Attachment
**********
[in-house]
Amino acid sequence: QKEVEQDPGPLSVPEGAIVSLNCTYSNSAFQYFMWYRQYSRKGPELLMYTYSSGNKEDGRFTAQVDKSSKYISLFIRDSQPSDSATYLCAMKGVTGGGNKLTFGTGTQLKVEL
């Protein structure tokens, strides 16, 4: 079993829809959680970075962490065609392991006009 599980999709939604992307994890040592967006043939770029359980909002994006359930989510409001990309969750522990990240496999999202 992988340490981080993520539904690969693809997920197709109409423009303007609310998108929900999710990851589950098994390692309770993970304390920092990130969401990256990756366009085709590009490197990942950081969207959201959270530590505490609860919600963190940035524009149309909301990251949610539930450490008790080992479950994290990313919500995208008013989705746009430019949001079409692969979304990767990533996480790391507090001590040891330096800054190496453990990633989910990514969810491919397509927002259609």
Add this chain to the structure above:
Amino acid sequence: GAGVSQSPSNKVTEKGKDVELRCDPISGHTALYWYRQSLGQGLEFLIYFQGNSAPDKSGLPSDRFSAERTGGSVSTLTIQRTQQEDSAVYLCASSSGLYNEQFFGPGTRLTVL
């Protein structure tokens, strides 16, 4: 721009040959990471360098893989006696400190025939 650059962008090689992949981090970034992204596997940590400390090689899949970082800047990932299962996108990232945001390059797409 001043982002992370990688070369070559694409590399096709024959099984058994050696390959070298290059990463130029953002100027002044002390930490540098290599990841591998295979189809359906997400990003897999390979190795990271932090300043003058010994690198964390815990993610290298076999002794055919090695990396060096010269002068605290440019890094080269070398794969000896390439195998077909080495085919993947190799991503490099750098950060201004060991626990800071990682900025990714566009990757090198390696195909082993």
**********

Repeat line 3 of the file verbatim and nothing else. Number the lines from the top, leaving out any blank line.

């Protein structure tokens, strides 16, 4: 079993829809959680970075962490065609392991006009 599980999709939604992307994890040592967006043939770029359980909002994006359930989510409001990309969750522990990240496999999202 992988340490981080993520539904690969693809997920197709109409423009303007609310998108929900999710990851589950098994390692309770993970304390920092990130969401990256990756366009085709590009490197990942950081969207959201959270530590505490609860919600963190940035524009149309909301990251949610539930450490008790080992479950994290990313919500995208008013989705746009430019949001079409692969979304990767990533996480790391507090001590040891330096800054190496453990990633989910990514969810491919397509927002259609």